Species misidentification often occurs when dealing with co-existing and morphologically similar species such as macaques, making the study of their ecology challenging. To overcome this issue, we use reliable occurrence data from camera-trap images and transect survey data to model their respective ecological niche and potential distribution locally in Nakai-Nam Theun National Protected Area (NNT NPA), central-Eastern Laos. We investigate niche differentiation of morphologically similar species using four sympatric macaque species in NNT NPA, as our model species: rhesus Macaca mulatta (Taxonomic Serial Number, TSN 180099), Northern pig-tailed M. leonina (TSN not listed); Assamese M. assamensis (TSN 573018) and stump-tailed M. arctoides (TSN 573017). We examine the implications for their conservation. We obtained occurrence data of macaque species from systematic 2006-2011 camera-trapping surveys and 2011-2012 transect surveys and model their niche and potential distribution with MaxEnt software using 25 environmental and topographic variables. The respective suitable habitat predicted for each species reveals niche segregation between the four species with a gradual geographical distribution following an environmental gradient within the study area. Camera-trapping positioned at many locations can increase elusive-species records with a relatively reduced and more systematic sampling effort and provide reliable species occurrence data. These can be used for environmental niche modelling to study niche segregation of morphologically similar species in areas where their distribution remains uncertain. Examining unresolved species' niches and potential distributions can have crucial implications for future research and species' management and conservation even in the most remote regions and for the least-known species.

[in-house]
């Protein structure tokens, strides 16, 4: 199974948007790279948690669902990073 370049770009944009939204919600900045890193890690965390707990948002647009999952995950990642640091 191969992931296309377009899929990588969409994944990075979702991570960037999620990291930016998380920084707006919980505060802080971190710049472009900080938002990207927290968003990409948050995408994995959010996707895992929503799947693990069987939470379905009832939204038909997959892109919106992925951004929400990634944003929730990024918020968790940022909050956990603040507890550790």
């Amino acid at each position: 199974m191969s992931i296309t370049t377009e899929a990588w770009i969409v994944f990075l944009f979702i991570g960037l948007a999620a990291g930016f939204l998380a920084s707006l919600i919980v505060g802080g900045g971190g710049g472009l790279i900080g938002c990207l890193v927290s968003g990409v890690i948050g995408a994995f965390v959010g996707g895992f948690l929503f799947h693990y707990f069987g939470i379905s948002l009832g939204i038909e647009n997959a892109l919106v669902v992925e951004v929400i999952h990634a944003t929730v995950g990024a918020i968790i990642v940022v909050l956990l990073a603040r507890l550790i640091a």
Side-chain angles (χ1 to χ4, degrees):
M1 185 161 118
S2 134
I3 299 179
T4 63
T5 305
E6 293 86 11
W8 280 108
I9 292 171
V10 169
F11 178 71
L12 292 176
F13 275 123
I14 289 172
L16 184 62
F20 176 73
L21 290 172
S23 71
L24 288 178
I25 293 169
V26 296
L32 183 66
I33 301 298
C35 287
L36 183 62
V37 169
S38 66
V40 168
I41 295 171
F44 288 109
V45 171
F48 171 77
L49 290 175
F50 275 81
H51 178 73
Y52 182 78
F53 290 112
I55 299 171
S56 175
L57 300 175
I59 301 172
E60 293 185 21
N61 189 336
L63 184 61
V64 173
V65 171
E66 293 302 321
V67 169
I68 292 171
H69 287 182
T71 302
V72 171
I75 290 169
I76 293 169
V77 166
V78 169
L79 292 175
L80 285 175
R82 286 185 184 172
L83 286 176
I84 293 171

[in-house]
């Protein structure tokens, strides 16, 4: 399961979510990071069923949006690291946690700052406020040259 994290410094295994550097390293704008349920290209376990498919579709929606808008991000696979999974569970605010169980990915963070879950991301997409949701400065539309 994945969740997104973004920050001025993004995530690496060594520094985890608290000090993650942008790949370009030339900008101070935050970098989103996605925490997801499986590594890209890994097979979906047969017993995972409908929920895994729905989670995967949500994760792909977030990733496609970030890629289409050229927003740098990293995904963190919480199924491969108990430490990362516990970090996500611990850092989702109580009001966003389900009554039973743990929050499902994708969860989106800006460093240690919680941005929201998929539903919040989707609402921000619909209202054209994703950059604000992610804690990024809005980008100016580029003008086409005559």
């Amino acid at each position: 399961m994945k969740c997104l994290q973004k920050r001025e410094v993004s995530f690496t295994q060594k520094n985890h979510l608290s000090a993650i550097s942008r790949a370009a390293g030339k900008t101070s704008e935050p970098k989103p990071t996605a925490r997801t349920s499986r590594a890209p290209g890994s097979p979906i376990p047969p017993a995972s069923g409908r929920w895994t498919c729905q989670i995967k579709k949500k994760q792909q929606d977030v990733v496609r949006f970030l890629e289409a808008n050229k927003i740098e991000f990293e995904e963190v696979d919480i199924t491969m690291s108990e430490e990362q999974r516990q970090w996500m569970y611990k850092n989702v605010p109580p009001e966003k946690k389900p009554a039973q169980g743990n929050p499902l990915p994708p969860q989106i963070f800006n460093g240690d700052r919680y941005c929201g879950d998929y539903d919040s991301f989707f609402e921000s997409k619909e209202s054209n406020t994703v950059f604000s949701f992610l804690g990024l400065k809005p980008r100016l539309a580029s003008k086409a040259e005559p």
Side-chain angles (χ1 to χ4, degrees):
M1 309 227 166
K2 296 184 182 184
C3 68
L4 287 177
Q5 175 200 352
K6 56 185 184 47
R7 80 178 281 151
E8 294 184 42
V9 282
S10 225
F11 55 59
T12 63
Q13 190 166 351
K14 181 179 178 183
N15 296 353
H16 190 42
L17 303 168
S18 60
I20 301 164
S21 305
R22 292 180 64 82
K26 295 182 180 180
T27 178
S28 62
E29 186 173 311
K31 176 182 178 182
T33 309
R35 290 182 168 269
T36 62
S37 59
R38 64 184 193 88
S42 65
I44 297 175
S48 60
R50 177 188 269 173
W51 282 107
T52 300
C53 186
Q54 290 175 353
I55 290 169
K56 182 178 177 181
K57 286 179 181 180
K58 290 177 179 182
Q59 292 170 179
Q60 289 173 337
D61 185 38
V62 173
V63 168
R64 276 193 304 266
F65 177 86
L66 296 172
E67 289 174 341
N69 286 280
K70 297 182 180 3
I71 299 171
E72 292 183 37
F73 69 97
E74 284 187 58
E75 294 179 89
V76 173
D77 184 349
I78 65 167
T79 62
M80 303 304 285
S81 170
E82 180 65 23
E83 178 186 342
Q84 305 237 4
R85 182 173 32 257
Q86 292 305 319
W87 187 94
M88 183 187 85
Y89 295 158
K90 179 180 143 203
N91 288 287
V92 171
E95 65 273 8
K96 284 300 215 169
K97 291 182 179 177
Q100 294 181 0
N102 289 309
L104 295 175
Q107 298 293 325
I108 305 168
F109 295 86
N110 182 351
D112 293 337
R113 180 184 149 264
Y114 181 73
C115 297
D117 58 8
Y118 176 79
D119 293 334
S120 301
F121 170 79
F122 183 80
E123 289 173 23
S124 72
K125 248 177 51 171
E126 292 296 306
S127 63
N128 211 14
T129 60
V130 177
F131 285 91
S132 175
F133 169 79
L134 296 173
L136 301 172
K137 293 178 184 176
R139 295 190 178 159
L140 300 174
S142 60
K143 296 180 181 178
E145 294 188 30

No MeSH data available.